It’s no secret that the stakes for Toronto Maple Leafs star forward Auston Matthews were raised this postseason. After signing a five-year, $58.2 million contract extension, the performance expectations for Matthews were raised immediately. But through five games of Toronto’s first-round series against the Boston Bruins, the star center has made a crucial impact. The Leafs defeated the Bruins 2-1 in Game 5, with Matthews scoring Toronto’s first goal. According to Maple Leafs coach Mike Babcock, Game 5 was where Matthews shined on both ends of the ice.
“I thought tonight, in particular, was his best 200-footer of the playoffs,” said Babcock. “He was outstanding, involved in so many breakouts. He was there and available for the D.”
Auston Matthews Underperformed in Previous Playoffs
The buzz surrounding Auston Matthews was apparent since the No. 1 draft pick scored four goals in his NHL debut. His rookie season, where he scored a career-high 40 goals and racked up 29 assists, earned him the Calder Trophy. Matthews’ quick, blitzing shot and ability to move into the attacking zone, makes him a prolific goal scorer for the Maple Leafs.
But even with back to back 30 goal seasons, the cloud of skepticism on Matthews has been his playoff performance. Against the Washington Capitals, a team that plays a similar speedy game to the Maple Leafs, Matthews shined with four goals and one assist in six games. However, the Bruins presented a greater challenge for Matthews in 2018. Their physicality and toughness would often slow down Matthews and prevent him from getting into open space. With only one goal and one assist in a seven-game series loss to the Bruins, Matthews was quick to take responsibility for his lack of production.
“I thought the first half of the series probably wasn’t good enough.” Matthews said. “The (second) half of the series, had chances. I thought I did things right for the most part and couldn’t capitalize on the opportunities. Sometimes that happens. That’s the way it goes.
“You always want to contribute on the scoresheet. It’s frustrating.”
Every young hockey player wants to perform on the big stage. While youth and inexperience can be factors for underperformance, it can only last for so long. As Auston Matthews entered his third season in the NHL, more watchful eyes were on him like never before. It was a chance for him to quash the critics, who were starting to revel with the notion that Matthews could only perform in the regular season.
“The bottom line is the league is a really good league and when you’re a really good player, you play against the best players who check you the hardest,” Babcock stated. “They’ve got the scouting report on you, they work hard. That’s just the way it is. Part of your growth process is learning to fight through that.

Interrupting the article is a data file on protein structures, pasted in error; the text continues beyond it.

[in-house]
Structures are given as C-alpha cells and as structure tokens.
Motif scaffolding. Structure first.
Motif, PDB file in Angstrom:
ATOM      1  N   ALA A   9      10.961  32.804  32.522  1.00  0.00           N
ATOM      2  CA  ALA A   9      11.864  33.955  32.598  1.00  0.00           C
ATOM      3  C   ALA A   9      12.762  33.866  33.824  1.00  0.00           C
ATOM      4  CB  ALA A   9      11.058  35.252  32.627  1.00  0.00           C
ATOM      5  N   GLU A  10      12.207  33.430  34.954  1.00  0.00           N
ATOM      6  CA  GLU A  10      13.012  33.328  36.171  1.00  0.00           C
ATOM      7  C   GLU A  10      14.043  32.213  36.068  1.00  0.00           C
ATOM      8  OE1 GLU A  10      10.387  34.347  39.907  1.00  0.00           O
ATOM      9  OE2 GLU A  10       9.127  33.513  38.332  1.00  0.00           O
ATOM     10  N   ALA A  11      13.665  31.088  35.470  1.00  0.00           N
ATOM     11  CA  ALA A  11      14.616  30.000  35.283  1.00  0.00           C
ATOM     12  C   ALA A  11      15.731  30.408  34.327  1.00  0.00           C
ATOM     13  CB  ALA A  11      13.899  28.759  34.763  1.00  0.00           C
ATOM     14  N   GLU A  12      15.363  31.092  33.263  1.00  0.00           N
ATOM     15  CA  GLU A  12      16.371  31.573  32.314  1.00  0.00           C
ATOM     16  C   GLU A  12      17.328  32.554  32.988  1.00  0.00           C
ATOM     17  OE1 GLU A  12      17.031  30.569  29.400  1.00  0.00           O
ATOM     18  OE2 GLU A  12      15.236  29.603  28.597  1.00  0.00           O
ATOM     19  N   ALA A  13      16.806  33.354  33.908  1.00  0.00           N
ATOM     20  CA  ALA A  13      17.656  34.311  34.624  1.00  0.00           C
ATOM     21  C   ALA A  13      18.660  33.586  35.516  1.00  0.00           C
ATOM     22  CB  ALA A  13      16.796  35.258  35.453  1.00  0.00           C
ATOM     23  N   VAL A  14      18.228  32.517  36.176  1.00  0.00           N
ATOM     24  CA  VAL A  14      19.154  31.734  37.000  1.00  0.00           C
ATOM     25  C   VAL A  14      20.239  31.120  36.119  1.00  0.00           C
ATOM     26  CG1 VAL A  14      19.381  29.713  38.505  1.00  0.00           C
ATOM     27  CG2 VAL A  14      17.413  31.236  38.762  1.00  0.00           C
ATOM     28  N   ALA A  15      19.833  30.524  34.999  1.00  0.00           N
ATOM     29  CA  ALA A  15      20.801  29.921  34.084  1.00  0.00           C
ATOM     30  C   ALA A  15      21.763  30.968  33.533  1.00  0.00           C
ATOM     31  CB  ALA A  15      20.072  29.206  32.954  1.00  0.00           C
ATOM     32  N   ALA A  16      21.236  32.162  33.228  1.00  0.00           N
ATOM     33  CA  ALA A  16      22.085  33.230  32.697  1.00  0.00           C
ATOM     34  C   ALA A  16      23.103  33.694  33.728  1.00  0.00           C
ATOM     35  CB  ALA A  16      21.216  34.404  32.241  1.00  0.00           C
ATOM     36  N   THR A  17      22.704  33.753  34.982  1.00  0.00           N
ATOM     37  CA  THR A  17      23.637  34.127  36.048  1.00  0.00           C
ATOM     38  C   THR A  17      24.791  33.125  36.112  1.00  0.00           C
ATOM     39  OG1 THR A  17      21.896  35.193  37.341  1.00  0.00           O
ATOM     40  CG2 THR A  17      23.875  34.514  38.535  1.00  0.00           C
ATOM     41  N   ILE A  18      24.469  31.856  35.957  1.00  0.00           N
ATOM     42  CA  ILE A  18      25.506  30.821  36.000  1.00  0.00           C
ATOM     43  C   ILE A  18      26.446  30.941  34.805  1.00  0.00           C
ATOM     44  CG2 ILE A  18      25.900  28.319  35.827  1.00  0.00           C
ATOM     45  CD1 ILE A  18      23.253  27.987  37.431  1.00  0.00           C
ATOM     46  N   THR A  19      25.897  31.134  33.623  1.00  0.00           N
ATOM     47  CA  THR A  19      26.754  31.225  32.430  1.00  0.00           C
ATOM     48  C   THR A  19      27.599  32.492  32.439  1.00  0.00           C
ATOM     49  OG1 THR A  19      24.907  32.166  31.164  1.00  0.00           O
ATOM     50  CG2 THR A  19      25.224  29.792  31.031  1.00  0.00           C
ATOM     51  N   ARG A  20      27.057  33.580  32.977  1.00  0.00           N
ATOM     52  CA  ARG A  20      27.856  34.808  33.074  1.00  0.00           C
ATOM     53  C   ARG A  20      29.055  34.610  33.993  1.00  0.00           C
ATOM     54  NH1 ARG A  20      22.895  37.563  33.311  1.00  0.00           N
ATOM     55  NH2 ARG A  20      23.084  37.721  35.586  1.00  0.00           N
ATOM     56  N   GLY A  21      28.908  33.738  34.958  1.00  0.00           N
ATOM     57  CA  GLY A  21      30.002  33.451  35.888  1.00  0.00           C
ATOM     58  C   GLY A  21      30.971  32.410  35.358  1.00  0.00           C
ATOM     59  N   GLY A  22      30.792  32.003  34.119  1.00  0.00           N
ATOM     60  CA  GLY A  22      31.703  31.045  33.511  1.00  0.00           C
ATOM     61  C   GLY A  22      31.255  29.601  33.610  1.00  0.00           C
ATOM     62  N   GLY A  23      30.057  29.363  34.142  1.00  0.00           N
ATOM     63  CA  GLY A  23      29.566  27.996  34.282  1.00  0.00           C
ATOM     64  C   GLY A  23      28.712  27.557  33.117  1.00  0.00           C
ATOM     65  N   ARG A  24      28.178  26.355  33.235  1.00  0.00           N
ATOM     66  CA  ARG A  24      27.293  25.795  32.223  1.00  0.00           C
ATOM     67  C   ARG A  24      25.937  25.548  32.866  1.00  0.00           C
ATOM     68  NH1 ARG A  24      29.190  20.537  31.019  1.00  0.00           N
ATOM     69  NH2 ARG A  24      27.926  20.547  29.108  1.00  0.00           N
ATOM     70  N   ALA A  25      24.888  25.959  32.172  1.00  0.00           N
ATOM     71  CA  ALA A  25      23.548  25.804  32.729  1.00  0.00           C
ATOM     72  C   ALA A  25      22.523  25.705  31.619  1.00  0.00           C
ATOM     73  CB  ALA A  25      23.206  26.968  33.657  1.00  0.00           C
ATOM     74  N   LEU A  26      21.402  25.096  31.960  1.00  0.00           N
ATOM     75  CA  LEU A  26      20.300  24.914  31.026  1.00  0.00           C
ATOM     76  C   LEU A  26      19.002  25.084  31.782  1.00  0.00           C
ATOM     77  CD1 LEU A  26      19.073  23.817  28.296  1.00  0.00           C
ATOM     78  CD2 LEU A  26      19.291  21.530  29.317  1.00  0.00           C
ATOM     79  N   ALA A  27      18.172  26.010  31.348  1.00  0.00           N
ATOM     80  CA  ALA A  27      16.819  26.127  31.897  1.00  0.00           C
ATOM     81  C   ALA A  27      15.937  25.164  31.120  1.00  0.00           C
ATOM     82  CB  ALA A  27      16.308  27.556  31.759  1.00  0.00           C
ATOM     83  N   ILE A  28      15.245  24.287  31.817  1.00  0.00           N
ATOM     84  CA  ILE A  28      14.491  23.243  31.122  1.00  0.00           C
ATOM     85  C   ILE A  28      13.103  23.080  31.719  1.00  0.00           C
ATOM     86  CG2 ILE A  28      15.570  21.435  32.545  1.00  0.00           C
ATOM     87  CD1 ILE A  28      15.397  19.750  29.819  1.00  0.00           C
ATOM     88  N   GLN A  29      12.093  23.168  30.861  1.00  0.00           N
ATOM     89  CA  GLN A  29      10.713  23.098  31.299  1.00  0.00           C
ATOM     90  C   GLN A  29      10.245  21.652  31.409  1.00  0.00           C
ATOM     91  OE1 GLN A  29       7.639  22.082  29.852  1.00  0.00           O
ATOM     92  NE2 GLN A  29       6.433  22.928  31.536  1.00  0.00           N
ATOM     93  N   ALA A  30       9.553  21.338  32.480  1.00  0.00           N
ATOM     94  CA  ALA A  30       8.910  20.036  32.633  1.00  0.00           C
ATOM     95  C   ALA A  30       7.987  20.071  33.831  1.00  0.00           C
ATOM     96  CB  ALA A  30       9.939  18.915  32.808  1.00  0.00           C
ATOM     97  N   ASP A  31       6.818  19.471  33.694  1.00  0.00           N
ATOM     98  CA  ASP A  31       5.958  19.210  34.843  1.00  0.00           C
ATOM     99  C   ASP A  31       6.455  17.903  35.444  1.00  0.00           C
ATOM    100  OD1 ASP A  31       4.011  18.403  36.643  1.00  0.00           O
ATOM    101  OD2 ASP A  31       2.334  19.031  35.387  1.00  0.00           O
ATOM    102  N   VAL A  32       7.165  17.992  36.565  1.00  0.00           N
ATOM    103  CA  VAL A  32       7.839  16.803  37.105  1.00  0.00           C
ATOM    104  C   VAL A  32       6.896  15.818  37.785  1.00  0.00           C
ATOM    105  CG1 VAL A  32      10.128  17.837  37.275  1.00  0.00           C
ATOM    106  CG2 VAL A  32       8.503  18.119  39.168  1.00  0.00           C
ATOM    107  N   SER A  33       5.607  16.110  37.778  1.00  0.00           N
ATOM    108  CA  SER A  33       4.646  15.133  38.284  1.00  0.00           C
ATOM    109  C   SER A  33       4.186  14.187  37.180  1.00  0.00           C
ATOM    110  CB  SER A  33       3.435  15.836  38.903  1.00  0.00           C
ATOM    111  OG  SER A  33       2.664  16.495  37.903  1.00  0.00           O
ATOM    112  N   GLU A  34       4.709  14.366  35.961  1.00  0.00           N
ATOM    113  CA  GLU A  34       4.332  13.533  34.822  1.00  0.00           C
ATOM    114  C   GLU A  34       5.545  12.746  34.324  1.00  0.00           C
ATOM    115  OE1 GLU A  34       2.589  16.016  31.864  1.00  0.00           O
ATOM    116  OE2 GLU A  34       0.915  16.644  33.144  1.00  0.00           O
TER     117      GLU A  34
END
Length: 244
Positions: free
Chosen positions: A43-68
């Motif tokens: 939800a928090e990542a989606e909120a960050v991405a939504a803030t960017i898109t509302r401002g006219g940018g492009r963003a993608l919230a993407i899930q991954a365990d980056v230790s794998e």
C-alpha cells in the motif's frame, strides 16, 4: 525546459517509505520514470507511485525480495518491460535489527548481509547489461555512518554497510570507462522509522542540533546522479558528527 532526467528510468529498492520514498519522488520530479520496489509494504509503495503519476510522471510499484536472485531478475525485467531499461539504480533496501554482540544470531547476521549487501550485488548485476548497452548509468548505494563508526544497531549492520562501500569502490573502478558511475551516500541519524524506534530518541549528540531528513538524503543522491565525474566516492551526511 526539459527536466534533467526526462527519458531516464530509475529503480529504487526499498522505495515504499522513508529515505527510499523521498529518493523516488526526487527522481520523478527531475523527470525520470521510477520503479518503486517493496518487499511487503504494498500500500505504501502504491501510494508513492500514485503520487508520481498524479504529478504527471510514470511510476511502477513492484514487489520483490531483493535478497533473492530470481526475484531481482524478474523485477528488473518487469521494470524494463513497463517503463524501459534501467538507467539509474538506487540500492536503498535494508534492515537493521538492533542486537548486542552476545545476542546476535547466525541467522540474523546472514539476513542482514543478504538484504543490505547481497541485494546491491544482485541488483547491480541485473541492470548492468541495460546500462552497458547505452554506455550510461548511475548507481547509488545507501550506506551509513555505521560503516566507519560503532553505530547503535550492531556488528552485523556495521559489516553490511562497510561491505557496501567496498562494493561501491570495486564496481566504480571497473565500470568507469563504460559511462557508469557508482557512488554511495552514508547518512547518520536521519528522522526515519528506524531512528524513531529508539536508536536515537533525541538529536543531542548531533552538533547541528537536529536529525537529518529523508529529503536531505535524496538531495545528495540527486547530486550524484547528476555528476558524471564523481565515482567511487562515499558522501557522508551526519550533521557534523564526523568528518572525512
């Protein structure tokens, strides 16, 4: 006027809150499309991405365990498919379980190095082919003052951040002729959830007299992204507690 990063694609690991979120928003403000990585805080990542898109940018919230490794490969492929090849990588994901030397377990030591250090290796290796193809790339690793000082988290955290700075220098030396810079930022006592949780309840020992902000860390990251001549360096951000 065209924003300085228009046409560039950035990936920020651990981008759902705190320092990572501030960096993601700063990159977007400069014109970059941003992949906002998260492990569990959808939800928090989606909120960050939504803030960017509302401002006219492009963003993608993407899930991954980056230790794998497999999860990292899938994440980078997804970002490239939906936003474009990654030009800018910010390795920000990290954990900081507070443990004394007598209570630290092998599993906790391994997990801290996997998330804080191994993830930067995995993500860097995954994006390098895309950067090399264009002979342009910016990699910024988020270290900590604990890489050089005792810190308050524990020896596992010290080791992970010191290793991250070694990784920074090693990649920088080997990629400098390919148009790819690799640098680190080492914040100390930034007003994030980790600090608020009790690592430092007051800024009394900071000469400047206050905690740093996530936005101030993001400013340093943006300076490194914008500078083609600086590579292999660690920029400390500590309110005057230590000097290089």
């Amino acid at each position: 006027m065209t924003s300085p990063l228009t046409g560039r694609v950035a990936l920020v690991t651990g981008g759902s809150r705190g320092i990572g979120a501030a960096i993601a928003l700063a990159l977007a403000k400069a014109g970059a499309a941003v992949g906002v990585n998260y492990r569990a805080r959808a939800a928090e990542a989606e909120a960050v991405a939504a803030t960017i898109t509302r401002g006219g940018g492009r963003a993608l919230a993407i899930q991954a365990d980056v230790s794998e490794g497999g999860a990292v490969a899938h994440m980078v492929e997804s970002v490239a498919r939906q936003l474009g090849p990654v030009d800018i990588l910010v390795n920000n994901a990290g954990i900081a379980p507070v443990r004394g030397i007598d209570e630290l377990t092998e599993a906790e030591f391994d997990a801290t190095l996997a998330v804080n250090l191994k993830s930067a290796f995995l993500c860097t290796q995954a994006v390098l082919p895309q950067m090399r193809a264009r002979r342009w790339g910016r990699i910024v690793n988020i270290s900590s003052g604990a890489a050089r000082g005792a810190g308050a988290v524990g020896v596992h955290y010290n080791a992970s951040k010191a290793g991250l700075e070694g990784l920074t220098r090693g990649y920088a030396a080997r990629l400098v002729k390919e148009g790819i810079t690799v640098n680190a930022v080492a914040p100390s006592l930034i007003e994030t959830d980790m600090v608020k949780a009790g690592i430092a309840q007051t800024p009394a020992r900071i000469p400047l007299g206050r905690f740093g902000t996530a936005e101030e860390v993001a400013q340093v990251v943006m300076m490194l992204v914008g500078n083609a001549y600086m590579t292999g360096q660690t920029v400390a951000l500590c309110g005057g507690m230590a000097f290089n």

Matthews Showcasing Speed, and Goalscoring
Before Game 3 at Scotiabank Arena in Toronto, Auston Matthews made a critical change. He would swap out his Bauer stick, one that has provided him with great success during his NHL campaign, to a model from Warrior. According to Matthews, he wanted a more comfortable feel after going goalless the last four games of the regular season and the first two this playoff series against the Bruins.
Matthews has never looked back. In the last three games, he has recorded four goals. He leads the Maple Leafs in goals (4), points (5), and shots on goal (24). On Friday in Game 5, with the game 0-0 in the third period, Leafs defenseman Jake Muzzin dished a tremendous pass to Matthews, who put the puck in the back of the net. But Boston Bruins coach Bruce Cassidy challenged the call, saying that there was goalie interference. After a season filled with reversed calls on Matthews goals, it was relieving to know that in the playoffs, the review finally went his way.
“I was just praying they were going to call it a goal,” said Matthews. “A lot going through your mind there. I haven’t had the best of luck as far as (reviews) go. It’s nice to get one back. I’ll take it in the playoffs any day of the week.”
As the Maple Leafs head back home for Game 6, a lot is on the line for this team. Up 3-2, Toronto is looking to win its first playoff series since 2004 when they defeated the Ottawa Senators in seven games. While Mitch Marner and John Tavares have captured the headlines with their stellar play on the first line, don’t overlook Auston Matthews. If he continues to be a scoring threat, as well as being physical on the defensive side, he is earning his $12 million a year in average annual salary.
“You’re a year older, you’ve been around, you look around the league and you see other real high-end players with no points. That’s playoff hockey. Sometimes your teammates got to buy you some time,” says Babcock.
“I feel if he plays really well without the puck, he’s going to have the puck a ton and in the end, he’ll score.”